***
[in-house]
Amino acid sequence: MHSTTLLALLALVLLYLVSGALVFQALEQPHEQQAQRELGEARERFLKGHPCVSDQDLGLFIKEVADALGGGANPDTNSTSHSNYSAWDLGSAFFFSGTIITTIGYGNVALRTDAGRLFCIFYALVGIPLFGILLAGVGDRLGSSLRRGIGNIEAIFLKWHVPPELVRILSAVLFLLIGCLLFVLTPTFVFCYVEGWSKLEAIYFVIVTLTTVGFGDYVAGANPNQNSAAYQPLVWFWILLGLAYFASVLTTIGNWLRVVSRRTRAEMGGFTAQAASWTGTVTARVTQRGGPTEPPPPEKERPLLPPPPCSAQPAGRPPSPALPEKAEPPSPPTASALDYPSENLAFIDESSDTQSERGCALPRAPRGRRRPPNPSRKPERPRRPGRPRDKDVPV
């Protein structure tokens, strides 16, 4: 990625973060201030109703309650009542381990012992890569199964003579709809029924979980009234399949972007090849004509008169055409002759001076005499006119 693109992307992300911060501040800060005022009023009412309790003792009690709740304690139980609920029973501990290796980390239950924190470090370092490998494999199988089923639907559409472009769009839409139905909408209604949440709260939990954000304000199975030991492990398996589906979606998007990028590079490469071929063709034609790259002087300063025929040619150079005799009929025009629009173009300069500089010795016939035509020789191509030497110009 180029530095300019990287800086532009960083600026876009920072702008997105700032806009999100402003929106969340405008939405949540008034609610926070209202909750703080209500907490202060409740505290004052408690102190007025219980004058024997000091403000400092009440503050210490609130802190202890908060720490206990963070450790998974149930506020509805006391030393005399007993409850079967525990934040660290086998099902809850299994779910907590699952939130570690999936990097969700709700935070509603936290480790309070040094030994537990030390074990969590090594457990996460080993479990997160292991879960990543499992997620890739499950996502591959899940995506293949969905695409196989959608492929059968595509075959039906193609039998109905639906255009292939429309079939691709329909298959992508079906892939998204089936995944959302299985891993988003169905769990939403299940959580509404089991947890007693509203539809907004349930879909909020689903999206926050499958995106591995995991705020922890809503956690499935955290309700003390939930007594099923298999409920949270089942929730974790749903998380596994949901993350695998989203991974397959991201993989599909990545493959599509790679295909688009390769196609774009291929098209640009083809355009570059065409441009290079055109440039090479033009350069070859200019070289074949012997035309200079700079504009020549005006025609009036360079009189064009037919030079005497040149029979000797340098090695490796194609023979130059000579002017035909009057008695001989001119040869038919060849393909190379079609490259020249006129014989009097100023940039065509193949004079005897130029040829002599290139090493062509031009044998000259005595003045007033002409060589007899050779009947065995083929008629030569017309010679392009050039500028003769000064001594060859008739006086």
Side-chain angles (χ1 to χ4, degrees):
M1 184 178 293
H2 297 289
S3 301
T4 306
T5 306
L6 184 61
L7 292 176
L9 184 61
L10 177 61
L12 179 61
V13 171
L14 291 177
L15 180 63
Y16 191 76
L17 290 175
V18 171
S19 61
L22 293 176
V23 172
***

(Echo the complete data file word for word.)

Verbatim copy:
[in-house]
Amino acid sequence: MHSTTLLALLALVLLYLVSGALVFQALEQPHEQQAQRELGEARERFLKGHPCVSDQDLGLFIKEVADALGGGANPDTNSTSHSNYSAWDLGSAFFFSGTIITTIGYGNVALRTDAGRLFCIFYALVGIPLFGILLAGVGDRLGSSLRRGIGNIEAIFLKWHVPPELVRILSAVLFLLIGCLLFVLTPTFVFCYVEGWSKLEAIYFVIVTLTTVGFGDYVAGANPNQNSAAYQPLVWFWILLGLAYFASVLTTIGNWLRVVSRRTRAEMGGFTAQAASWTGTVTARVTQRGGPTEPPPPEKERPLLPPPPCSAQPAGRPPSPALPEKAEPPSPPTASALDYPSENLAFIDESSDTQSERGCALPRAPRGRRRPPNPSRKPERPRRPGRPRDKDVPV
């Protein structure tokens, strides 16, 4: 990625973060201030109703309650009542381990012992890569199964003579709809029924979980009234399949972007090849004509008169055409002759001076005499006119 693109992307992300911060501040800060005022009023009412309790003792009690709740304690139980609920029973501990290796980390239950924190470090370092490998494999199988089923639907559409472009769009839409139905909408209604949440709260939990954000304000199975030991492990398996589906979606998007990028590079490469071929063709034609790259002087300063025929040619150079005799009929025009629009173009300069500089010795016939035509020789191509030497110009 180029530095300019990287800086532009960083600026876009920072702008997105700032806009999100402003929106969340405008939405949540008034609610926070209202909750703080209500907490202060409740505290004052408690102190007025219980004058024997000091403000400092009440503050210490609130802190202890908060720490206990963070450790998974149930506020509805006391030393005399007993409850079967525990934040660290086998099902809850299994779910907590699952939130570690999936990097969700709700935070509603936290480790309070040094030994537990030390074990969590090594457990996460080993479990997160292991879960990543499992997620890739499950996502591959899940995506293949969905695409196989959608492929059968595509075959039906193609039998109905639906255009292939429309079939691709329909298959992508079906892939998204089936995944959302299985891993988003169905769990939403299940959580509404089991947890007693509203539809907004349930879909909020689903999206926050499958995106591995995991705020922890809503956690499935955290309700003390939930007594099923298999409920949270089942929730974790749903998380596994949901993350695998989203991974397959991201993989599909990545493959599509790679295909688009390769196609774009291929098209640009083809355009570059065409441009290079055109440039090479033009350069070859200019070289074949012997035309200079700079504009020549005006025609009036360079009189064009037919030079005497040149029979000797340098090695490796194609023979130059000579002017035909009057008695001989001119040869038919060849393909190379079609490259020249006129014989009097100023940039065509193949004079005897130029040829002599290139090493062509031009044998000259005595003045007033002409060589007899050779009947065995083929008629030569017309010679392009050039500028003769000064001594060859008739006086």
Side-chain angles (χ1 to χ4, degrees):
M1 184 178 293
H2 297 289
S3 301
T4 306
T5 306
L6 184 61
L7 292 176
L9 184 61
L10 177 61
L12 179 61
V13 171
L14 291 177
L15 180 63
Y16 191 76
L17 290 175
V18 171
S19 61
L22 293 176
V23 172